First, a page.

He Who Has The Gold Makes The Rules

It’s hard to deny that the party holding the cash generally holds it with the upper hand. Not always fair, true. But in the case of limits on executive pay for the heads of companies receiving “extraordinary assistance” from the government—it is.

Call it: He who has the gold controls the string on your golden parachute.  

You see, folks, a conundrum faces us as we enter into a period of increased governmental involvement in our financial markets and specifically those numerous ailing financial institutions out there: As much as we humans would prefer that other humans, from our mothers to our public officials, stop nagging and moralizing and just leave us the hell alone and let our own judgment guide us, we prove over and over again we can’t be trusted.

Really, we can’t. We do stupid stuff all the time. We do drugs; we get back together with exes knowing nothing has changed; we buy things we can’t afford. We are far too often ruled by desire and fear, selfishness and greed.

It’s part of who we are. And in our personal lives, after we reach adulthood, we should have the discretion to make our own decisions and our own mistakes.
The problem arises when our actions affect others, especially on a large scale.

When we’re not just killing a few of our own brain cells or running up our own credit cards, or even breaking someone’s heart (hey, these things happen), but when we land in a position that awards us the power to affect many.

The same human emotions still rule us, only now, we have numerous people who will quite possibly find themselves screwed over because of our folly. And this is when someone else needs to step in and save us (and others) from ourselves.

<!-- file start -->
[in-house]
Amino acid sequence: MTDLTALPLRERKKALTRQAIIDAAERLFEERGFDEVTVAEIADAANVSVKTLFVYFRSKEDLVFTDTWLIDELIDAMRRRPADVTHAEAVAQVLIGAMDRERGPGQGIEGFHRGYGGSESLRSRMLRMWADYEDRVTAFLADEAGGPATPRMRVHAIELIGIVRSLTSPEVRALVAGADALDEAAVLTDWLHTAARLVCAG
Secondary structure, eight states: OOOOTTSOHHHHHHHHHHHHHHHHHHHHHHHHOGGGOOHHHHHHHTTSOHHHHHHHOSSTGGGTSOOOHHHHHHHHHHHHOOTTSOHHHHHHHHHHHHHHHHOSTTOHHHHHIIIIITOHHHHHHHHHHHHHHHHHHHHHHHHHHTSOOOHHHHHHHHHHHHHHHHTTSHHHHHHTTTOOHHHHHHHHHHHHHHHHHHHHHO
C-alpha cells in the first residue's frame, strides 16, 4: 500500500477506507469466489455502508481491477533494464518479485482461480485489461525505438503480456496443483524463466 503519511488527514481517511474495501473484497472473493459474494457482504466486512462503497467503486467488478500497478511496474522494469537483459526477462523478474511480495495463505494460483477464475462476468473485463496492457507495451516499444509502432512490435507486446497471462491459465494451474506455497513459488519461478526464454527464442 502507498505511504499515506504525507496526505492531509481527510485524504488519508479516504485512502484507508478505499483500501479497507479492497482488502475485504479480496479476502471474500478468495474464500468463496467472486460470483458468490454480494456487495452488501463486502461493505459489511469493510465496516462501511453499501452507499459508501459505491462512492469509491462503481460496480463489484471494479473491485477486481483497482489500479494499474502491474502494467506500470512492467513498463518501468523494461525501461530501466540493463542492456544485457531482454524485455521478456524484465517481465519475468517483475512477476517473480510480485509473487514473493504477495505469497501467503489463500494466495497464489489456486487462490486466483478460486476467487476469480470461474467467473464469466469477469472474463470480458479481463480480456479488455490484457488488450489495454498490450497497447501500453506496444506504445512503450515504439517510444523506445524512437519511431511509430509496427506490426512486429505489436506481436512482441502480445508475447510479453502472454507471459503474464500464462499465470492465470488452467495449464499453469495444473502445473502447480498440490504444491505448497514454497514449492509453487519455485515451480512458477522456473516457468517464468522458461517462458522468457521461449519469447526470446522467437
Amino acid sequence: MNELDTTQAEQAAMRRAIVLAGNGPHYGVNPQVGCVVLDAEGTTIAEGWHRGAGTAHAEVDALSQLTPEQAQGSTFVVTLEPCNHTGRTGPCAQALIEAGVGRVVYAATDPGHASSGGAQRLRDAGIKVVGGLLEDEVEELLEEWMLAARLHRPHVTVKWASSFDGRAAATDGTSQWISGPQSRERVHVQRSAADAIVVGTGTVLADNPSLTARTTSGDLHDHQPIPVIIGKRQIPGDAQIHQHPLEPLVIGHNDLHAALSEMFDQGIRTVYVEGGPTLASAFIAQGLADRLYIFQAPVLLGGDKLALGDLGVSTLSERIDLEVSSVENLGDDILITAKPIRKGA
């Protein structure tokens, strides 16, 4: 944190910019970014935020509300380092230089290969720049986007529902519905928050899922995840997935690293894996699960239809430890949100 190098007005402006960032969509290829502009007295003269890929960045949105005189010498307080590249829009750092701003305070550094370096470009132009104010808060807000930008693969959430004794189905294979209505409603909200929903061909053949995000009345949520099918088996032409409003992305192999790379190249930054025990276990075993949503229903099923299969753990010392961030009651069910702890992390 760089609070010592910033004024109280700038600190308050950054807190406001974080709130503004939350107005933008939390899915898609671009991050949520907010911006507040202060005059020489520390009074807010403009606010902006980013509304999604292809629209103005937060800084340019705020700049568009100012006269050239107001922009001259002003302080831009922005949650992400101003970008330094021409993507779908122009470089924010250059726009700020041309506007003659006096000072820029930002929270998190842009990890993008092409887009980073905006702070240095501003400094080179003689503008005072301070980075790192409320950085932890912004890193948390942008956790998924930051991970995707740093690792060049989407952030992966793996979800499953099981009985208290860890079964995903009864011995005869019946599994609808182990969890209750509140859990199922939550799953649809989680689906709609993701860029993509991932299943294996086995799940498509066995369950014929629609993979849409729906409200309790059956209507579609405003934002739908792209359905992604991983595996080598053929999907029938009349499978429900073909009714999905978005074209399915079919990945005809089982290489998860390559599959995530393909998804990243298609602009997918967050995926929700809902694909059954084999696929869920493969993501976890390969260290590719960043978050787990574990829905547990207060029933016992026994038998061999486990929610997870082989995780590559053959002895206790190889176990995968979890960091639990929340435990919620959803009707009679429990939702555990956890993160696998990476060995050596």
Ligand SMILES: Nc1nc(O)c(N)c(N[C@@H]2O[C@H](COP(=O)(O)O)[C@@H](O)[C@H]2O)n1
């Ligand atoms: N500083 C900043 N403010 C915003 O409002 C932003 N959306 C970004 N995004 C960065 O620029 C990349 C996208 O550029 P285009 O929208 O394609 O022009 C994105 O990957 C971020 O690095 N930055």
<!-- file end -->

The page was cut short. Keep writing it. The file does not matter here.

So can we trust the government to do that? Of course we can’t. It’s made up of humans too, and I don’t need to recite for you their extraordinary list of blunders. Apparently some of our public officials cannot even be trusted to pay their taxes.

But it’s the only system we’ve got. And while we can debate when government intervention in a free market qualifies as a good thing and when it goes too far, in cases where tax payers are footing the bill, strings must be attached. And salary caps of $500,000 for top executives at firms receiving significant government aid—caps President Obama has instituted—seem perfectly reasonable.

It would be nice if the human beings at the top of the financial food chain could be trusted to do the right thing, seeing as their companies are suffering as they never have before. But you may have heard about a certain $1,400 trash can that proves otherwise.

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